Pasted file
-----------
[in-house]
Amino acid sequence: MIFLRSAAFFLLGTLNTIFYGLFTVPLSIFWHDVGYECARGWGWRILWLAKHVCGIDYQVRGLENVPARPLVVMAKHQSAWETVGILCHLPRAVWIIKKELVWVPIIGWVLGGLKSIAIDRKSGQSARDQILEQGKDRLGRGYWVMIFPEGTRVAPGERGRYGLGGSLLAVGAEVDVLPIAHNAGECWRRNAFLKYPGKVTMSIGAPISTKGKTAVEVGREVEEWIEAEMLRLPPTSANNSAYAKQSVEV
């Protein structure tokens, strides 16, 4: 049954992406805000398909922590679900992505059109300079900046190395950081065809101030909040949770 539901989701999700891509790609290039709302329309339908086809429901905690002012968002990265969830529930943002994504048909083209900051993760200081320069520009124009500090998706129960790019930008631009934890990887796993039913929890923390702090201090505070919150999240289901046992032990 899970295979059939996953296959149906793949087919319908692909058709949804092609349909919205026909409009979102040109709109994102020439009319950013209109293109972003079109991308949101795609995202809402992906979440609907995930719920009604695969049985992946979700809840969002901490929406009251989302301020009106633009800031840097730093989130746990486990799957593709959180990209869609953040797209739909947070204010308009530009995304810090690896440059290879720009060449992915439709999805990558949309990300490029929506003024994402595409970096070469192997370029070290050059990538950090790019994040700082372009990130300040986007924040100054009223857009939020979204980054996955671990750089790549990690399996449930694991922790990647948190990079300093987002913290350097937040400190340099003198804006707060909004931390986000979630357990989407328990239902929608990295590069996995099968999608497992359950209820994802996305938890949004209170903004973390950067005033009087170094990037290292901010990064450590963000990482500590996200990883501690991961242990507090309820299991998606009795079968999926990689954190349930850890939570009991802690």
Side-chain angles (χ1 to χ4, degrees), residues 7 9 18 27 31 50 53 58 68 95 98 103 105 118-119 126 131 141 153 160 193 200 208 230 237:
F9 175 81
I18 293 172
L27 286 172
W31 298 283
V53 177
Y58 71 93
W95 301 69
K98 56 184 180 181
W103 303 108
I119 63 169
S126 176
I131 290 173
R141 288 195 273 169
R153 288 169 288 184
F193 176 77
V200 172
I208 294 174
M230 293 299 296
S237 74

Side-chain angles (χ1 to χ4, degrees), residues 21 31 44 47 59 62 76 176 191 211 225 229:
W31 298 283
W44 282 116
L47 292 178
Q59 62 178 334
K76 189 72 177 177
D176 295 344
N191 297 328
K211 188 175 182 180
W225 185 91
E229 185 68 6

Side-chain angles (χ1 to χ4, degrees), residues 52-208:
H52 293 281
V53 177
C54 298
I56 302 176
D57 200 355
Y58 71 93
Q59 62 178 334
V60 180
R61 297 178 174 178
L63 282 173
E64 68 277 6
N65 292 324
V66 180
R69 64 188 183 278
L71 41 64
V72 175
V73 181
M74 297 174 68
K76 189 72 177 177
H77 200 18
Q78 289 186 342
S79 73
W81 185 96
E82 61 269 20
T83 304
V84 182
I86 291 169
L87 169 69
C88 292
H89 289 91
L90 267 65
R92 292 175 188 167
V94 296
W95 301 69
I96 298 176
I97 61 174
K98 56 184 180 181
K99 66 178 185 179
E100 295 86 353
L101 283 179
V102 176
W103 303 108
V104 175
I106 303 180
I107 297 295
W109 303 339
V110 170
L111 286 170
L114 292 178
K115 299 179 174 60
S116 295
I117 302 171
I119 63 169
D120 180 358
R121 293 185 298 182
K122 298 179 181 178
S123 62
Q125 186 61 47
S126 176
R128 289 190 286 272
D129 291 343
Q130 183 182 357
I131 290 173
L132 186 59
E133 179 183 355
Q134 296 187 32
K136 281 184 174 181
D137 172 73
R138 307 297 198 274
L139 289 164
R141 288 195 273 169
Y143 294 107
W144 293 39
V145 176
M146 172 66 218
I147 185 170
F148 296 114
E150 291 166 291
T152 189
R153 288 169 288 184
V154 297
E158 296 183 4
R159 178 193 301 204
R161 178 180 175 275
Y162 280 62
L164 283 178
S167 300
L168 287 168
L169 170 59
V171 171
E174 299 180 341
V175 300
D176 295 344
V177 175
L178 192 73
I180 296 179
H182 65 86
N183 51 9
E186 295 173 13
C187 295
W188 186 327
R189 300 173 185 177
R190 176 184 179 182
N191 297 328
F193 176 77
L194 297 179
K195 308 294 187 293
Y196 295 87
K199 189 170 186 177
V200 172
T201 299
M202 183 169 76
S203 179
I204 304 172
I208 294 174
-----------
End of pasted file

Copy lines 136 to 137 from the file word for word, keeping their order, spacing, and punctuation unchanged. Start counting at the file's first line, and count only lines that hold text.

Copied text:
W188 186 327
R189 300 173 185 177